Recipe Redo: Tom Colicchio’s Grilled Hanger Steak

11/13/2013 at 03:12 PM ET

Maxwell Ryan The Kitchn Tom Colicchio Hanger Steak
Nealey Dozier

Maxwell Ryan is the founder of Apartment Therapy and The Kitchn, a web magazine about home cooking and kitchen design. Visit Wednesdays for his spins on celebrity recipes and more.

I love a great, grilled steak outside during the summer, but do I have to wait ’til spring now that it’s getting cold again?

Not at all. This week I’ve taken Tom Colicchio’s awesome Grilled Hanger Steak recipe and adapted it to be “grilled” in a cast iron pan. Using the tremendous heat abilities of cast iron—which gets way hotter than your typical aluminum or stainless steel pan—you can mimic the way steak cooks on a grill, so that it is crispy and done on the outside while juicy and tender on the inside.

Add an easy mushroom sauce (can’t do that on a grill) and you’ve got a winner for the next six months, not to mention an easy go-to recipe for a spontaneous mid-week date night. Enjoy!

Maxwell Ryan The Kitchn Tom Colicchio Hanger Steak
Nealey Dozier

Maxwell Ryan The Kitchn Tom Colicchio Hanger Steak
Nealey Dozier

Maxwell Ryan The Kitchn Tom Colicchio Hanger Steak
Nealey Dozier

Oven-Roasted Steak with Easy Mushroom Pan Sauce
Serves 2

1 lb. rib-eye steak, 1-1½ inches thick
1 tbsp. extra virgin olive oil
1 small yellow onion, diced
8 oz. baby bella or cremini mushrooms, thinly sliced
1 tbsp. canola oil
½ cup red wine
½ cup chicken broth
1 tsp. fresh thyme
Salt and pepper, to taste

1. Remove the steak from its packaging and blot it dry with a paper towel. Let it sit at room temperature to warm while preparing the onions and mushrooms.

2. In a cast iron skillet over medium-high heat, warm the olive oil. Add the onion, the mushrooms and a generous sprinkle of salt. Cook until the onions are translucent and the mushrooms are tender and golden, 8-10 minutes. Transfer the onion-mushroom mixture to a clean bowl and set aside.

3. Turn on your oven’s broiler and place an oven rack 6-8 inches below the broiler element.

4. Brush canola oil over both sides of the steak and season generously with salt and pepper. Wipe the cast iron skillet clean and heat over high heat. When a flick of water evaporates immediately on contact with the hot pan, carefully lift the steak and lay it in the center of the pan. It should sizzle immediately.

5. Cook the steak for 30 seconds, then flip it over. Cook the steak for another 30 seconds on the stovetop and then, using oven mitts, open the oven and slide the skillet with the steak beneath the broiler. Cook the steak for 2 minutes under the broiler. Using oven mitts and tongs, open the oven and flip the steak again. Cook for 2 more minutes. At this point, the steak is medium-rare. If you prefer medium-cooked steak, add an additional 2 minutes of oven time.

6. Remove the skillet from the oven. Transfer the steak to a cutting board and cover loosely with aluminum foil. Let the steak rest 5-10 minutes.

7. While the steak is resting, heat the skillet over medium-high heat. Add the wine and chicken broth. As the liquids bubble and reduce, use a stiff spatula to scrape the steak drippings from the bottom of the pan. When the sauce has reduced by about a third, add the thyme, a pinch of salt and the reserved onion-mushroom mixture. Cook enough to re-warm the onions and mushroom. Add salt or pepper as desired.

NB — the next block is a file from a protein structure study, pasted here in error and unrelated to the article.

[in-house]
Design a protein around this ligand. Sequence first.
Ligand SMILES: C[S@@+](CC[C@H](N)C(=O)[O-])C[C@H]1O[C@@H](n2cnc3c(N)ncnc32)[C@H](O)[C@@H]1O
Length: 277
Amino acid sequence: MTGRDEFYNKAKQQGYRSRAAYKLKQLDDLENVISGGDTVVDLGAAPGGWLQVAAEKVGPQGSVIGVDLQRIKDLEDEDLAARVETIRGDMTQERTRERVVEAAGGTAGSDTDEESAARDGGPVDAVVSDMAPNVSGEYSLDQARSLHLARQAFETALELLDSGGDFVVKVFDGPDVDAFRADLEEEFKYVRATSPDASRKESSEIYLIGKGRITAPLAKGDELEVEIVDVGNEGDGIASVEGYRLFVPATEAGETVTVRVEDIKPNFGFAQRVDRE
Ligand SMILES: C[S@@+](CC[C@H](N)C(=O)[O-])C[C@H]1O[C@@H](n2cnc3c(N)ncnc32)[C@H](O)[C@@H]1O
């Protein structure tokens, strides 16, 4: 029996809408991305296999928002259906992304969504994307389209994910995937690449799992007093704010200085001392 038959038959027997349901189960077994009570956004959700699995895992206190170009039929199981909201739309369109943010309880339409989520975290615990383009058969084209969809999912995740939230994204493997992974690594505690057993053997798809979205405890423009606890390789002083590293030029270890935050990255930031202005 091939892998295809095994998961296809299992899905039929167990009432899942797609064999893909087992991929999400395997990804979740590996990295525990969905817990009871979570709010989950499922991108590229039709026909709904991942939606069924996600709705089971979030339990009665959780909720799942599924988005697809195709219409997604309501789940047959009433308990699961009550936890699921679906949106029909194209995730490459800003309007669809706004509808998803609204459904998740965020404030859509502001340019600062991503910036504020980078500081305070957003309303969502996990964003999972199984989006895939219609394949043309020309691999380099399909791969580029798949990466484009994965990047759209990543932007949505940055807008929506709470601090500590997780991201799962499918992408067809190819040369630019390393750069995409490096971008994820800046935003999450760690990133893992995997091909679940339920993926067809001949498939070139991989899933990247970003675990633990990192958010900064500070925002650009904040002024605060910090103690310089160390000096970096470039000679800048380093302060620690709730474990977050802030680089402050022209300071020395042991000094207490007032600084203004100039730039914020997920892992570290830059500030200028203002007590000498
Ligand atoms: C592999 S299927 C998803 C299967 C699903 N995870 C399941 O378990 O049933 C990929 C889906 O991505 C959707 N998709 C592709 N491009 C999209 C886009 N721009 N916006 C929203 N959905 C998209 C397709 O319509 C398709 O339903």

8. Slice the steak against the grain into thin pieces and divide between two serving plates. Spoon the onions and mushrooms over the steak, drizzle with the sauce and serve.

FILED UNDER: Food Blog , Recipes , The Kitchn

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The Latest Craze in Disco Styles Is See-Through Jeans—but Beware of Foggy Bottoms
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The Latest Craze in Disco Styles Is See-Through Jeans—but Beware of Foggy Bottoms

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On a clear day, you can see forever—or at least that’s the wicked thought behind L.A. designer Agi Berliner’s transparent idea: see-through jeans. Exhibitionists notwithstanding, most folks wear them over bathing suits or as attention-getting evening wear with halters, garter belts and body stockings. Created for the disco crowd, the $34 jeans are selling like, well, hot pants. In just six weeks, 25,000 pairs have already been sold in such major department store chains as Macy’s, Bonwit’s and Saks.

“What’s limiting American designers is that we’re afraid to do something different,” says Berliner, 32, a Hungarian émigré who fled with her family to the U.S. in 1956. Agi thought up the gimmick in London while marveling at the way plastics were being employed by designers of punk fashion. In her L.A. office, where she designs for La Parisienne junior sportswear, Agi spent five days on the phone and six weeks testing to come up with the right plastic.

Agi herself tried out the French-cut jeans with the zipper in front, and quickly found several problems: Some plastics tore away from stitching, others wouldn’t bend and all fogged with perspiration. The ideal material proved to be a vinyl supplied by a bookbinder. The steam was eliminated with a series of vents behind the knees and in the crotch. “They’re no hotter than polyester pants,” claims Agi, “and if you wear them with tights, they won’t stick to your legs.”

Whatever the discomfort and despite the problem of Saturday night feverishness, discomaniacs report one major advantage of the plastic pants: no laundry bills. To keep Berliner’s see-through jeans clear, all the wearer needs is a little Windex.

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